By tagging and genotyping the released sharks, not only can we find out if such releases are relevant, but we’ll also gather important information concerning migration and the movement of sharks. The development of shark sanctuaries or marine protected areas require this valuable information. And since little is known about sharks in Thailand, this work aims to address these gaps in our knowledge.

Following the shark release date of March 9, Dive Tribe organized a “Shark Search” for March 10 and 16, to coincide with one day and one week after the release. The hope is that each dive operator in the area will run frequent “Shark Search” dives to specifically look for these tagged sharks. The aim of the search is for divers to look for the released sharks and photograph them and, if possible, to note or photograph the attached tag. The most important thing is to identify the tag’s color (there are five options) and number, since each shark has its own unique color-coded and numbered tag. The teams works in groups, with each group releasing 15 sharks for a total of 75 sharks. And in the future, more sharks will be released from a captive breeding program.

This program has required much logistical work including the construction of a shark quarantine area, the assembly of correct tags and the safe transportation of sharks to the dive sites. We hope that the public will consider the consequences of eating sharks – not only for the health of the oceans but also for personal health reasons, since tests have shown that sharks can contain 42 times the allowable level of methyl mercury in their fins and flesh.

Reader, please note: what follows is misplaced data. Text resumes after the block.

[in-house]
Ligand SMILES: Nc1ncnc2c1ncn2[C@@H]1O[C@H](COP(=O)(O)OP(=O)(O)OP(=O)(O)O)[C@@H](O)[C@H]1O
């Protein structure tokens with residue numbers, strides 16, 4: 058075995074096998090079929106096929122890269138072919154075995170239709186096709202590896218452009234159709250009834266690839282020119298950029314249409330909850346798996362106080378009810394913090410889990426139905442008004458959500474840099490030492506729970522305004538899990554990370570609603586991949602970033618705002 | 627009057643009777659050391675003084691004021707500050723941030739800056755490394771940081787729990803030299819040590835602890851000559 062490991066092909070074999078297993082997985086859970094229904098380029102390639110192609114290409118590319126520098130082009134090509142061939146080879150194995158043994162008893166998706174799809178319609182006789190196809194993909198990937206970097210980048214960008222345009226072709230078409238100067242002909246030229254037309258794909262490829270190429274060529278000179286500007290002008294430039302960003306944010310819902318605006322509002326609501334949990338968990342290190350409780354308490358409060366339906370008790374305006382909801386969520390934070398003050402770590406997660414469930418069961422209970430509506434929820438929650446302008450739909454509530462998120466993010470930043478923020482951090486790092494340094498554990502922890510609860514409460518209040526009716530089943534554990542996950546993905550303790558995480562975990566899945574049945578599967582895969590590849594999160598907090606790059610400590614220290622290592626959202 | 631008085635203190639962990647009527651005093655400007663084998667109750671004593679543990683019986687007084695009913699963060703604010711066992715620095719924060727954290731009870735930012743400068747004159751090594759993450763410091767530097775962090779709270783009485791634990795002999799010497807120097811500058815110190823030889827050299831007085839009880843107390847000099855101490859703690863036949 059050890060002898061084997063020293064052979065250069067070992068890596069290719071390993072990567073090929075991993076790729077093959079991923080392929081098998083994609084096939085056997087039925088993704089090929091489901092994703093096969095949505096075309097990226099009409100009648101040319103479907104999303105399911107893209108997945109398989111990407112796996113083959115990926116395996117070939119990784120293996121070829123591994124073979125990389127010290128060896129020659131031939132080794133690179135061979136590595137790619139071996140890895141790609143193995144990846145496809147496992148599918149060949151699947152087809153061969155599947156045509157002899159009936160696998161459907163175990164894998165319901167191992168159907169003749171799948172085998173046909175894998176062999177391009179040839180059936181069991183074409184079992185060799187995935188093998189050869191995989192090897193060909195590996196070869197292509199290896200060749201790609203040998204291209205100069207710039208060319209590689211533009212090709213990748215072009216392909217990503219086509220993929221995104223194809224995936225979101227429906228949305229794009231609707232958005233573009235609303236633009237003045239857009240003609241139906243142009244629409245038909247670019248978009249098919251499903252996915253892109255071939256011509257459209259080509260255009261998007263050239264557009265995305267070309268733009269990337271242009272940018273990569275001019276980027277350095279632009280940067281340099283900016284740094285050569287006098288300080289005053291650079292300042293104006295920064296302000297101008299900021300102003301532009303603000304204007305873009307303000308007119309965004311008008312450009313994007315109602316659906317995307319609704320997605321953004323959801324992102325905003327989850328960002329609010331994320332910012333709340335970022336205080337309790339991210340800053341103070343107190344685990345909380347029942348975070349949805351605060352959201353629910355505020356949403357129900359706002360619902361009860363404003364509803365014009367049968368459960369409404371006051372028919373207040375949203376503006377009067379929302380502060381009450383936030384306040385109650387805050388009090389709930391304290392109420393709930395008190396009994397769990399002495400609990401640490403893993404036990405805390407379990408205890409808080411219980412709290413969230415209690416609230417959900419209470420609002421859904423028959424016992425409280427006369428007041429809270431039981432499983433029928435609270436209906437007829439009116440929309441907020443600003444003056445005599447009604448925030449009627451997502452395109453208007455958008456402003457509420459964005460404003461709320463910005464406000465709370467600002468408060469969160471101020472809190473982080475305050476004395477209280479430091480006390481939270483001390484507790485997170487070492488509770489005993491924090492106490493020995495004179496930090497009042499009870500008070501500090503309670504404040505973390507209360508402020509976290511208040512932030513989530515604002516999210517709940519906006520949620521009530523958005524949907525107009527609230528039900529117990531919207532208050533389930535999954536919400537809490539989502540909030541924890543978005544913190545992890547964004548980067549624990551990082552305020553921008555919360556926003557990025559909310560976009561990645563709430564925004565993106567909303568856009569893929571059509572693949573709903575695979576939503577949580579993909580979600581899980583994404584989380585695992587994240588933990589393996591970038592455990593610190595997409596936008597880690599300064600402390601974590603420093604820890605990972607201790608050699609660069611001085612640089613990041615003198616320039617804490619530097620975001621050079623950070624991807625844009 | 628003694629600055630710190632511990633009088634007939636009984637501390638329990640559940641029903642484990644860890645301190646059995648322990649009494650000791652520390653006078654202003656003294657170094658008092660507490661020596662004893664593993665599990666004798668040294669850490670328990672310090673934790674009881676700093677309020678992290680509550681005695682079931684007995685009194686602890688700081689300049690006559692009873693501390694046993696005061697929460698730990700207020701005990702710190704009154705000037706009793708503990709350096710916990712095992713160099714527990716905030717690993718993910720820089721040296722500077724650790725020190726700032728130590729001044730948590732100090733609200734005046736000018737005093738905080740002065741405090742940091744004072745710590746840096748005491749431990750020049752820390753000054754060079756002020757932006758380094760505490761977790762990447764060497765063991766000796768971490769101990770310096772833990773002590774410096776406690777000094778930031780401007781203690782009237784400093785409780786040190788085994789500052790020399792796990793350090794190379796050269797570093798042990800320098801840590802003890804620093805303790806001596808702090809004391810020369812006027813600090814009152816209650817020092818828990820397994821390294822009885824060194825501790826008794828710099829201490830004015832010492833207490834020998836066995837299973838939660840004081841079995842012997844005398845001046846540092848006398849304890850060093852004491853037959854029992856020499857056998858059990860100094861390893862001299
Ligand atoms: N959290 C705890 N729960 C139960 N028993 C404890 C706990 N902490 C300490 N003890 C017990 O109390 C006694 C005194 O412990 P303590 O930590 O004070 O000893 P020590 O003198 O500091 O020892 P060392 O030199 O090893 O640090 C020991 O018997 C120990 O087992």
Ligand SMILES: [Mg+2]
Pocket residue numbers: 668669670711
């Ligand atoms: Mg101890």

Shark release

We give a big thank you to our sponsors – Sharkskin Australia and Big Blue Dive Center in Koh Tao – both of which have helped organize and finance part of this operation.

Continuing Conservation

Together with its partner stores, Dive Tribe has instigated one of the largest mooring buoy projects in Southeast Asia to date. The hope is to place a minimum of 50 buoys in and around the Pattaya area that will allow boats to moor up and thereby discontinue the practice of dropping anchors on the coral reefs or sand (after all, there is much sea life in sandy bottoms, too).
And what makes this project different from others is that, for the first time in Thailand, we will be using torque screwdrivers with nine tons of torque below the water’s surface to drive helix sand screws to depths of up to six meters, if necessary. And that means no more concrete blocks or tying to reefs and rocks.

This method is considered the most eco-friendly way forward and the screws can easily be removed if required. It’s a concept that not only protects the marine environment but helps aid Dive Tribe’s next project, too, which is aimed at acquiring protected marine status for several of the islands in the area. The main sponsor, Dragon Capital, has helped fund the machinery required for this project and the Getinge Group and Amari Hotels have sponsored reefs and buoys that will also help with protecting the area. Dive Tribe is also working with dive centers in the area to produce a number of courses that will be relevant to the region and research needs.


Working Together

The most important thing is that dive centers pull together as a community to protect their marine life. After all, this is why people come to the region to dive. Dive Tribe is also looking at building new coral nurseries in Pattaya and working on captive breeding programs for sharks that have already started to lay eggs.

With a continued goal of expanding marine research into new areas, Dive Tribe is looking for more dive centers on other islands and in other regions of Thailand for new projects next year that will help built a solid foundation for the protection of precious resources.

If you are interested in sponsoring a reef or you work with a dive center and would like to learn more about our courses and the chance to become a marine conservation officer, please contact us: [email protected]